Proxies and Databases in Financial Misconduct Research
- Jonathan M. Karpoff, Allison Koester, D. Scott Lee and Gerald S. Martin
- The Accounting Review
- A version of this paper can be found here
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What are the research questions?
The investigation of financial fraud or misconduct is a mainstream research topic yielding over 150 articles in the literature to date. The availability and ease of access to four well-known databases used in this research has contributed to the popularity and impact of the topic. The four databases and their associated proxies used to identify misconduct events includes:
- GAO (the Government Accountability Office; Proxy used – Restatement Announcements)
- AA (Audit Analytics; Proxy used – Restatement Announcements)
- SCA (the Stanford Securities Class Action Clearinghouse; Proxy used – Securities Class Action Lawsuits)
- CFRM (UC-Berkeley’s Center for Financial Reporting & Management; Proxy used – SEC’s Accounting & Enforcement Releases).
1. Are the results across the four databases, frequently used to identify and investigate financial fraud or misconduct, subject to systematic biases or problems with replication of results across studies?
2. If so, why do the samples drawn from different databases produce different empirical results? Are there features contained in each database that explain the differences? What is the economic importance of those features?
What are the Academic Insights?
1. YES. The authors report that the events identified as financial fraud in the four databases are not close substitutes. The four databases exhibit systematic differences in the events identified as misconduct or fraud and systematic differences in the events that each database eliminates as misconduct or fraud. For example, empirical results are replicated 42% of the time when random samples are drawn and comparisons made among databases.
2. YES. Four features associated with each database include the scope of coverage in the database, the revelation dates used, the identification of fraudulent events or proxies, and omissions of events.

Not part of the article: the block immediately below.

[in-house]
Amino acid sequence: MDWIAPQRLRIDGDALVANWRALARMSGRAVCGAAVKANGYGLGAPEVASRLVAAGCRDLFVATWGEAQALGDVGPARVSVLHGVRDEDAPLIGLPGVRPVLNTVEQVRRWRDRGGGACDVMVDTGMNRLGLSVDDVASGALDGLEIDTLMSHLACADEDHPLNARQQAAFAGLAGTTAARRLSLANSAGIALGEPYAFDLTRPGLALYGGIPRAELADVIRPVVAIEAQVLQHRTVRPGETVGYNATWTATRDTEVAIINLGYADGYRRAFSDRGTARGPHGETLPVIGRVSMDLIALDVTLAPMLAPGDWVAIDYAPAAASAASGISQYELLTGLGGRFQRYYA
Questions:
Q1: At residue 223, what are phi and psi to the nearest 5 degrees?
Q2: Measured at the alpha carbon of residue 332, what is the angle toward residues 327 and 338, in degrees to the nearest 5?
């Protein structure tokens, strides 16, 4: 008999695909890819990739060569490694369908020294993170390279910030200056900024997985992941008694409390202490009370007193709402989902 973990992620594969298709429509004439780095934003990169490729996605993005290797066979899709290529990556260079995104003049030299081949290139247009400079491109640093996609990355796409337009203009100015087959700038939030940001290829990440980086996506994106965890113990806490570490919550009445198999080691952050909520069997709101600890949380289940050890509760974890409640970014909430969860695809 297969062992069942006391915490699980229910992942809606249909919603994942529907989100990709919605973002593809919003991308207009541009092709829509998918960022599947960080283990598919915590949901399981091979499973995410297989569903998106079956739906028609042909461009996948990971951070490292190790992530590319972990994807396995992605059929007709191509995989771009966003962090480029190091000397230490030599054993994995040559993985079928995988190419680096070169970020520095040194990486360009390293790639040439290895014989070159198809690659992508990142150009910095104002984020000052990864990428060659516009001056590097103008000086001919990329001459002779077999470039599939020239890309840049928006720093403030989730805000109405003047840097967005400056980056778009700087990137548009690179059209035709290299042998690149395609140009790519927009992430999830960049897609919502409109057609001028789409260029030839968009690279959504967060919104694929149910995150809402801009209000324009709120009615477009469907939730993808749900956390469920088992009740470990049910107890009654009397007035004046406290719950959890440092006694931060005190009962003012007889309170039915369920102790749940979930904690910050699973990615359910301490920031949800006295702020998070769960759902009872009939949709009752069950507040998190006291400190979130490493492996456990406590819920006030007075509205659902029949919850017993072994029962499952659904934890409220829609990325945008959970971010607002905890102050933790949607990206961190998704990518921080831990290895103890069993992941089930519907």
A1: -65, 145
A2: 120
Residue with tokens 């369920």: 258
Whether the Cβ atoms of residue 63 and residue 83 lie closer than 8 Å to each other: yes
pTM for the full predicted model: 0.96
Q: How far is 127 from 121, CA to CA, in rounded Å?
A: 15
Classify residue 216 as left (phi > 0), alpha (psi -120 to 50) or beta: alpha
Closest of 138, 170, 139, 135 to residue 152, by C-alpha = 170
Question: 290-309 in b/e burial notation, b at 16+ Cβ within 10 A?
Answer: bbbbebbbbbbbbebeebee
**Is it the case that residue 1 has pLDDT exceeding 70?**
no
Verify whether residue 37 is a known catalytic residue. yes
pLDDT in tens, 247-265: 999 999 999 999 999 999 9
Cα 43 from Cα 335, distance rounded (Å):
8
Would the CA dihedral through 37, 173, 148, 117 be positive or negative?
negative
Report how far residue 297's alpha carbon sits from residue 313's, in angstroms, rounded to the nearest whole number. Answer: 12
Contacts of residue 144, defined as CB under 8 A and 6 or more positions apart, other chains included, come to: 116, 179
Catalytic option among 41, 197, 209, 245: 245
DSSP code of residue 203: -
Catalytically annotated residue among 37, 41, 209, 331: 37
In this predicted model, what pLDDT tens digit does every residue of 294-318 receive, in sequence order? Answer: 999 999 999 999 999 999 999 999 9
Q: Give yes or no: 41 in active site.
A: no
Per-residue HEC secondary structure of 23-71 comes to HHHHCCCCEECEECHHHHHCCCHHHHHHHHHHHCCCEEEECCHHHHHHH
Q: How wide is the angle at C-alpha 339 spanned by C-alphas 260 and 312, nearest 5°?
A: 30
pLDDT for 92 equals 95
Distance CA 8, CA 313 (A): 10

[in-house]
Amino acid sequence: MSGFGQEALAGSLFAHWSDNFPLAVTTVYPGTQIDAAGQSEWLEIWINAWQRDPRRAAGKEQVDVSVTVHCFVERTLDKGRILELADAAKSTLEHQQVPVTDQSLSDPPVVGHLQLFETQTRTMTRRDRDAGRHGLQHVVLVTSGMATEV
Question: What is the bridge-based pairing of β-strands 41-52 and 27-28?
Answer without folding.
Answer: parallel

Proxy: Each database defines “fraud” and “misconduct” in different ways.
Scope: By design, each database gathers information on only a portion of informational events that would be considered a “case of financial misconduct”. Each case actually consists of a myriad of events from company press releases, regulatory investigations, regulatory enforcement releases, restatement announcements, class action lawsuits, settlements and so on. None of the four databases collects data on the entire series of events but, purposefully, capture a single proxy such as restatement announcements or securities class action lawsuits.
Revelation date: Consistent with a focus on different proxies for the misconduct event, it follows that the initial revelation date will vary across databases. Differences in initial dates therefore, affect the measurement of the stock market reactions or the size of changes in firm characteristics around the event. The authors report that the initial revelation date discrepancies indicate the market reaction is understated by 30.6% to 80.8%.
Omissions: Three of the databases were found to omit significant numbers of events they purport to capture. Omitted firms may introduce any number of biases, for example if these firms are assigned to a control group.
Why does it matter?
In addition to insights regarding issues of corporate governance, this stream of research has provided significant insight into the workings of financial reporting, financial regulation and policy questions. The databases that have emerged supporting and informing this research stream, while useful and accurate within their scope, exhibit material differences. The results presented in this article indicate that empirical inferences drawn across studies are sensitive to specific features of the individual database and the proxy used to identify financial misconduct.
A major contribution of this article is, however, a detailed discussion of each database with respect to the four features identified by the authors and guidelines for mitigating biases that may result. The discussion the authors provide in the conclusion of the article is a must-read for researchers utilizing these sources of data.
The most important chart from the paper
The results are hypothetical results and are NOT an indicator of future results and do NOT represent returns that any investor actually attained. Indexes are unmanaged, do not reflect management or trading fees, and one cannot invest directly in an index.
An extensive literature examines the causes and effects of financial misconduct based on samples drawn from four popular databases that identify restatements, securities class action lawsuits, and Accounting and Auditing Enforcement Releases (AAERs). We show that the results from empirical tests can depend on which database is accessed. To examine the causes of such discrepancies, we compare the information in each database to a detailed sample of 1,243 case histories in which regulators brought enforcement actions for financial misrepresentation. These comparisons allow us to identify, measure, and estimate the economic importance of four features of each database that affect inferences from empirical tests. We show the extent to which each database is subject to these concerns and offer suggestions for researchers using these databases.
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